This show takes full advantage of the creative freedom offered by Netflix, and is a stark departure from the MCU films. It is a strictly R rated show with brutal violence. Daredevil deals with real world problems of human trafficking, drugs, child abuse etc. The spark that drove him from taking the law into his own hands was not inspiration from heroes like Captain America, but from accidently stumbling across a horrible crime that he could not ignore.

Like all great comic book films adaptations, the villain steals the show. Wilson Fisk, a.k.a. the Kingpin, is perhaps the most intriguing character in the Marvel Cinematic Universe. At first he’s in the background, slowly revealed like a movie monster. Your first shot of him you just see his arm inside a limo. For the first few episodes his name is not even in spoken. That is actually a rule for anyone that works for him, they are not allowed to say his name.

Kingpin in the MCU is just as he is in the comics, a dangerous beast who is always one step ahead. In his first act of on screen violence he comes at someone like bear. He is a shark who preys upon anyone he chooses. However, perhaps unlike the comics, Wilson Fisk is an extremely vulnerable man filled with pain, haunted by his childhood. Even his manner of speaking reflects the incredible hurt inside of him. Vanessa, from the comics, is an art dealer and Fisk’s love interest. She provides healing to his troubled soul, she is, as he says, his heart. The relationship between Wilson and Vanessa is in fact highlight of the series.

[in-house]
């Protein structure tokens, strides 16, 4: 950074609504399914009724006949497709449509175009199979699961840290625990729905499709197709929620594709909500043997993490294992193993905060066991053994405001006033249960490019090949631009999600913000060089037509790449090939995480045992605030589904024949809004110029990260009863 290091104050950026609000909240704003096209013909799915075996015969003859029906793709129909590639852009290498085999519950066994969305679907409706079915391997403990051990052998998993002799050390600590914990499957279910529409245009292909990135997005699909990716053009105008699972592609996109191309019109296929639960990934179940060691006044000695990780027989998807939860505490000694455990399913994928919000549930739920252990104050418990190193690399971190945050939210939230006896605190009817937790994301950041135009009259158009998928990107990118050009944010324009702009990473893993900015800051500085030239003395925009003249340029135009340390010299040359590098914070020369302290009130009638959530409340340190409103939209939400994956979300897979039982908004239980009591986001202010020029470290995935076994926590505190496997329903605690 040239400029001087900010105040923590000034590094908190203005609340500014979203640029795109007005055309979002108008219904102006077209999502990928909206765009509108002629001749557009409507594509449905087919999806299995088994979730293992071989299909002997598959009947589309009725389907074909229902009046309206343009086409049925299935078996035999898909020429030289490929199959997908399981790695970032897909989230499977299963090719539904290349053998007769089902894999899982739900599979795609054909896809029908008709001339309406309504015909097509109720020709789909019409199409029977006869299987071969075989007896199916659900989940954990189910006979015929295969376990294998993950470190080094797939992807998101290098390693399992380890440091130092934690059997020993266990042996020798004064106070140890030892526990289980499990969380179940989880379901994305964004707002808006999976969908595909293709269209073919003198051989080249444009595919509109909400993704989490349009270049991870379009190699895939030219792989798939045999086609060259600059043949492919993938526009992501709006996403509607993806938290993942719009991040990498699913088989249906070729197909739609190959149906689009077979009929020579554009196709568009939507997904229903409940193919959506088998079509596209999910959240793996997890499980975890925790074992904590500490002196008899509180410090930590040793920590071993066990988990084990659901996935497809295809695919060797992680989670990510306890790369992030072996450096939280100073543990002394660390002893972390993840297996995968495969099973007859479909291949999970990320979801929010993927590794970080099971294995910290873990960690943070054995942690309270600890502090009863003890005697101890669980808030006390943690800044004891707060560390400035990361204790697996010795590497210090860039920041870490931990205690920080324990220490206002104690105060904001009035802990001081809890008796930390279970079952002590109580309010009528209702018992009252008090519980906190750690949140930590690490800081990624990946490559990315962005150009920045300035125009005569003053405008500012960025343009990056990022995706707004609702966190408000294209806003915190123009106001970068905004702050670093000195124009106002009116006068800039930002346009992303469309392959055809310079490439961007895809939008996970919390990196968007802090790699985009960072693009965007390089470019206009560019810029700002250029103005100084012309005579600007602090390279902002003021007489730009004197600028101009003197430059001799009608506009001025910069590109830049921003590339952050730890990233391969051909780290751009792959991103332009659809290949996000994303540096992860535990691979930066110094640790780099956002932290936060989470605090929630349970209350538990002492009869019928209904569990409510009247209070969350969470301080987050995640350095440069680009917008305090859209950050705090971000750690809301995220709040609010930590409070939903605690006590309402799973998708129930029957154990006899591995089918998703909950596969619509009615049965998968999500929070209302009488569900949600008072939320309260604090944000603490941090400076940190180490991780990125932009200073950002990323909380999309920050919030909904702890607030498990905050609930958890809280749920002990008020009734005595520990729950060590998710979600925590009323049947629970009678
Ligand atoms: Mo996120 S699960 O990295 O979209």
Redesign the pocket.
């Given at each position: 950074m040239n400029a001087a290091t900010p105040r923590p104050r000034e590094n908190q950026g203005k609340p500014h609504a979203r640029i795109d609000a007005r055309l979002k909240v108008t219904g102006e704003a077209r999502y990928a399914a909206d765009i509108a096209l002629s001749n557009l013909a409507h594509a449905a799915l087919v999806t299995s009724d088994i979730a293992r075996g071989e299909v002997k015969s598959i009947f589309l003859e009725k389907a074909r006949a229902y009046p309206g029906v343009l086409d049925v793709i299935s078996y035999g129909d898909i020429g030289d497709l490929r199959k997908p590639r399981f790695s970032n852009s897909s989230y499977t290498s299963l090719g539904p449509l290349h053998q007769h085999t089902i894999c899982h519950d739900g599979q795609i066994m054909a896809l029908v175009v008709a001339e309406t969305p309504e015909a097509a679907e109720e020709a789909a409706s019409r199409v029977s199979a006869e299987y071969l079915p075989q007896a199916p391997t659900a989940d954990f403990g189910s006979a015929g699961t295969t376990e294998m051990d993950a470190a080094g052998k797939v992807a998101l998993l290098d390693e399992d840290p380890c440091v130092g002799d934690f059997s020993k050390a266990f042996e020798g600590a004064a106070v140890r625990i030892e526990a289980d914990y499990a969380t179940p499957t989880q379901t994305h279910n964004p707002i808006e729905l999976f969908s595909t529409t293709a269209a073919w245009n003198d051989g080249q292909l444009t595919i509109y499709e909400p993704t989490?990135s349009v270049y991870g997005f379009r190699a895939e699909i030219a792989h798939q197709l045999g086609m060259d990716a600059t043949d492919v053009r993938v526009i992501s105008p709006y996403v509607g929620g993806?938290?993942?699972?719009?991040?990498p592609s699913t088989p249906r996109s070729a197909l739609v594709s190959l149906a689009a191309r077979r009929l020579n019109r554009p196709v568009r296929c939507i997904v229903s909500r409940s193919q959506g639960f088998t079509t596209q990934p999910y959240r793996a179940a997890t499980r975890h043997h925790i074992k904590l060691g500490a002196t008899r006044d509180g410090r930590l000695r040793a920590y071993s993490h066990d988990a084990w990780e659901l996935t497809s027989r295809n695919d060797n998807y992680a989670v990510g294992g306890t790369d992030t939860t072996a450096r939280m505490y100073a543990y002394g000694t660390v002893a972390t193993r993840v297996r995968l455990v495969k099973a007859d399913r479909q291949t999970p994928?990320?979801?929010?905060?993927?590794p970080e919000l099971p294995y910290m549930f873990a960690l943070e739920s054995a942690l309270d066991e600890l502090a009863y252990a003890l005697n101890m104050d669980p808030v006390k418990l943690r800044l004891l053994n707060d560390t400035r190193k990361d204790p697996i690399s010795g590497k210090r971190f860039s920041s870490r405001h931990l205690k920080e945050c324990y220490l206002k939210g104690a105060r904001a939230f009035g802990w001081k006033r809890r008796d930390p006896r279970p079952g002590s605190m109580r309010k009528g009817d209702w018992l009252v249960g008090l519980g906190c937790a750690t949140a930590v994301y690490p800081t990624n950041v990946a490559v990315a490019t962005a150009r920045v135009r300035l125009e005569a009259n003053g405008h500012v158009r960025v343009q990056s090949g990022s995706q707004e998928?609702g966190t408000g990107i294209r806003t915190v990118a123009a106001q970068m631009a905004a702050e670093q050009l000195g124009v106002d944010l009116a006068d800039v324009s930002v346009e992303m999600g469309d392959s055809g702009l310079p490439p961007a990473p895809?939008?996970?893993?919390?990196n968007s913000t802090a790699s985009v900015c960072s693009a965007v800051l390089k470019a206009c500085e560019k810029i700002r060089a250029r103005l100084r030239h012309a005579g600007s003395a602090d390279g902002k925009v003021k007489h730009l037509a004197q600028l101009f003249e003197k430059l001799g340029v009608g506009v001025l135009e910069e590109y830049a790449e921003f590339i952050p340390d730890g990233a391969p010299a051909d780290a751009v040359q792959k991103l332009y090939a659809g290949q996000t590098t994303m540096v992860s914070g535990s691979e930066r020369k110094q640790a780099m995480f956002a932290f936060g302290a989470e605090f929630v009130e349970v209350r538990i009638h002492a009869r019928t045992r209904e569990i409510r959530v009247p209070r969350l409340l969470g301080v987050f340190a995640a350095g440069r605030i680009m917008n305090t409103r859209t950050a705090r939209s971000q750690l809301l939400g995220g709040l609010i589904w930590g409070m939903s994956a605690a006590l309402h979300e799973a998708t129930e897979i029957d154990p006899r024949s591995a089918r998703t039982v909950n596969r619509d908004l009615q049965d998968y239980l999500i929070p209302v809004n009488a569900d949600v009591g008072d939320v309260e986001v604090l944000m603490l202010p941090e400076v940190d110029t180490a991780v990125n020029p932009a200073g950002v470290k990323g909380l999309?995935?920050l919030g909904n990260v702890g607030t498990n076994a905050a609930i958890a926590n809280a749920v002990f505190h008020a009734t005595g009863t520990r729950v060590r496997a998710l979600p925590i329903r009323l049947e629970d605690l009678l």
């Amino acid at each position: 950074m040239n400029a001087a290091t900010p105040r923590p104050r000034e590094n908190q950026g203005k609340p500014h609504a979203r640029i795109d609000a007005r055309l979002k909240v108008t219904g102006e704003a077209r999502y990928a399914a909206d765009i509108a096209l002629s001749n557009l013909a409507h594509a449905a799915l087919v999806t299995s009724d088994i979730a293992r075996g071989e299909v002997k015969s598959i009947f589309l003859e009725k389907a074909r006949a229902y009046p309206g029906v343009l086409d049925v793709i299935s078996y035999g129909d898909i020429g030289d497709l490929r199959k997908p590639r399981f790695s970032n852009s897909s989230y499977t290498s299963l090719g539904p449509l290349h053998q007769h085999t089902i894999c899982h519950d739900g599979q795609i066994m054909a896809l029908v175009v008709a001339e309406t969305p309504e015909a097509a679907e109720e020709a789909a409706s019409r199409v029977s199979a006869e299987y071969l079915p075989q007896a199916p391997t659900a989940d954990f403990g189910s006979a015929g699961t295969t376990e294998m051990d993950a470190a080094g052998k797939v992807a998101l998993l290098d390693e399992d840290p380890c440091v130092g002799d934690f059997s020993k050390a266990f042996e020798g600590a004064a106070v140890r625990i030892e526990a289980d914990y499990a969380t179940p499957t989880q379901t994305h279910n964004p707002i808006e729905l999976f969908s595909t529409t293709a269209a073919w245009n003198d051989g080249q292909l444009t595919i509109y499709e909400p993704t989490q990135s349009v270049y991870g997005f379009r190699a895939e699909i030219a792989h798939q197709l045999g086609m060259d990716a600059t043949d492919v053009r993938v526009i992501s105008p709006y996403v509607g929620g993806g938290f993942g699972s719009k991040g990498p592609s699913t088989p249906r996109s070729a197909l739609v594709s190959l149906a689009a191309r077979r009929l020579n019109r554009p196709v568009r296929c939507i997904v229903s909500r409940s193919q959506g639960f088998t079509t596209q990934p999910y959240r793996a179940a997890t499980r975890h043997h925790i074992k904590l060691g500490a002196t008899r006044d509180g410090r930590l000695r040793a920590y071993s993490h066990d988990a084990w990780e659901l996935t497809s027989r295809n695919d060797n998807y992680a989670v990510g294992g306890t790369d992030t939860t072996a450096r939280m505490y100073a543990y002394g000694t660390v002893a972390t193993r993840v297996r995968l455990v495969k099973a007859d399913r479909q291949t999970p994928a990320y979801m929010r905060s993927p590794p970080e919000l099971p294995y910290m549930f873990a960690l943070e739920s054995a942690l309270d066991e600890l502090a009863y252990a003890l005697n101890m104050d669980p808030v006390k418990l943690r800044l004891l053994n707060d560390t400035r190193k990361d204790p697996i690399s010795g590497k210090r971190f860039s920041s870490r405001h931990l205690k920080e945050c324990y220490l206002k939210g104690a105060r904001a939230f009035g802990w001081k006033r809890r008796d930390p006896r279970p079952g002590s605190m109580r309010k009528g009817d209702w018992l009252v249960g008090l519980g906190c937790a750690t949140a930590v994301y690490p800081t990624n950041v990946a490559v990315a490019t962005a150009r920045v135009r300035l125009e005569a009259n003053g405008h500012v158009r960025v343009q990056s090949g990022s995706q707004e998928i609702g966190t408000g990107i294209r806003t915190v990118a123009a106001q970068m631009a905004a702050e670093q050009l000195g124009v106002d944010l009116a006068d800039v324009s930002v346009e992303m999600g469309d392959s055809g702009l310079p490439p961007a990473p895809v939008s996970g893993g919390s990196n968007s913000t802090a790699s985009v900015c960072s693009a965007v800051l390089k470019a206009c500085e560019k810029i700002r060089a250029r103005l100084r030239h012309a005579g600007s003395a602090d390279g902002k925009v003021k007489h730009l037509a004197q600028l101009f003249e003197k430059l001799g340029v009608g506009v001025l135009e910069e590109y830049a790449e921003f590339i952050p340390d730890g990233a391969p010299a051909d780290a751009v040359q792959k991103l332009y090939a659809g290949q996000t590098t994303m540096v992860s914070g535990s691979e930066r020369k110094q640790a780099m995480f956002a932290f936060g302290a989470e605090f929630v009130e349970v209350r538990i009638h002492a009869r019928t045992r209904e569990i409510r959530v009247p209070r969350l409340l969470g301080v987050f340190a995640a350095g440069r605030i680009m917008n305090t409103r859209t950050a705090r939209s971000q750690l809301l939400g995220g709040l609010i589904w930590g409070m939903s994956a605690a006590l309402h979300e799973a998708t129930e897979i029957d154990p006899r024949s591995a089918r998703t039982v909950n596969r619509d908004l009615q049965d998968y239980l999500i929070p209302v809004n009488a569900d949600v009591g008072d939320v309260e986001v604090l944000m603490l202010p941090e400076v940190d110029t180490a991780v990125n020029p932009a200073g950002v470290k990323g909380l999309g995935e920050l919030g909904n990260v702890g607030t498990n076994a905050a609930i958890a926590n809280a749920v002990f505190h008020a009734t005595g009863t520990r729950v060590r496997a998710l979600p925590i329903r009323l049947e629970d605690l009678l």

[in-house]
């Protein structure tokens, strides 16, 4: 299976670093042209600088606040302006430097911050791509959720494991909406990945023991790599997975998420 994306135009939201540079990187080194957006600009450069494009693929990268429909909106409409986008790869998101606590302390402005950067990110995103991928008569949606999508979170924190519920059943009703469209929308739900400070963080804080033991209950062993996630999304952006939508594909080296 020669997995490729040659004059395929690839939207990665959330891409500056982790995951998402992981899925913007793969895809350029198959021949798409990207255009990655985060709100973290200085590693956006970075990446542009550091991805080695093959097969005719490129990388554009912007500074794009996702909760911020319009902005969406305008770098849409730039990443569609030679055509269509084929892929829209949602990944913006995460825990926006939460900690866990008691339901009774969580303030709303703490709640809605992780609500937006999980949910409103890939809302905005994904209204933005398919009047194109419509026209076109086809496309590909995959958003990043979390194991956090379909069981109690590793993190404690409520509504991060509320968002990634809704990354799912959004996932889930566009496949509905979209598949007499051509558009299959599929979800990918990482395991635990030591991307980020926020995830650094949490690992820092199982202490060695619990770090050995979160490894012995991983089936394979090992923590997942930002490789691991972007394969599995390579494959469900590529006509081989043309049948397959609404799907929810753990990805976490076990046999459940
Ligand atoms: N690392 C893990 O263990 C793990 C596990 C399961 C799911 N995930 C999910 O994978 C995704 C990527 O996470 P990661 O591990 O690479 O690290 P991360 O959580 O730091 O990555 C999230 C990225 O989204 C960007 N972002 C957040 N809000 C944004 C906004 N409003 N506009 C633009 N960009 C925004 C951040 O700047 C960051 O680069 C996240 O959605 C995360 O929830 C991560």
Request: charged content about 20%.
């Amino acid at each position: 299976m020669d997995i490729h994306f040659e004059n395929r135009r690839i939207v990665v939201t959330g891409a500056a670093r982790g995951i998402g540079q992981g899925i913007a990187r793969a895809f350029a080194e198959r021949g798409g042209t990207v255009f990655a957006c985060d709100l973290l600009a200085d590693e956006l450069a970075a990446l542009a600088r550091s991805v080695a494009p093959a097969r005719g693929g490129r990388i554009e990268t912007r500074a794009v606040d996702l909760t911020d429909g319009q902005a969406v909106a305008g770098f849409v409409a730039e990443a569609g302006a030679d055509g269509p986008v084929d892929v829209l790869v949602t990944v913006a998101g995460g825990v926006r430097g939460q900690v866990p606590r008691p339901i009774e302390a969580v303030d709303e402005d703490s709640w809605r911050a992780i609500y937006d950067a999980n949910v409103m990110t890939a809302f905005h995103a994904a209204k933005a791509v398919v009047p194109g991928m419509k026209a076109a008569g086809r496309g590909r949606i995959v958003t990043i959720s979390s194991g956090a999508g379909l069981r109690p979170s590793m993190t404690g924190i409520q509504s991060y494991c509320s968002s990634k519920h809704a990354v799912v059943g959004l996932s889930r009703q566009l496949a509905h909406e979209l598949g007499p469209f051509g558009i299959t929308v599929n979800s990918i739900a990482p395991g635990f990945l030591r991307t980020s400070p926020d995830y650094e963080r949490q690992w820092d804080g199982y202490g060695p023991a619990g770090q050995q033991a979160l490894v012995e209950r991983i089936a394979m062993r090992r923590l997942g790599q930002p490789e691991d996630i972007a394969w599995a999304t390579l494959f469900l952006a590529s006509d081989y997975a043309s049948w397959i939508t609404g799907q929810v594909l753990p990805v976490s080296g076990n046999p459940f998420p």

In classic comic book style Wilson Fisk is a mirror image of Matt Murdock, the two had fathers that are polar opposites. You could even argue that Wilson Fisk and Matt Murdock have the same goals. Both were raised in Hell’s Kitchen and both have a vision of Hell’s Kitchen being a better place. The plot of the show involves Kingpin taking over Hell’s Kitchen via a real estate scheme. Hell’s Kitchen was devastated during “the incident” which is what people refer to when the Avengers had their battle in New York. Fisk takes this opportunity to rebuild the city in his image.

There aren’t many Easter Eggs to the wider MCU, I think, like the first Iron Man, they wanted to keep things focused on Daredevil. There are old newspapers shown that mention the battle of New York as well as the Hulk fighting in Harlem from his movie.

The supporting cast is great with intriguing characters on both sides of the law. Real actual characters die too, giving the story a sense of real consequences the films sometimes lack.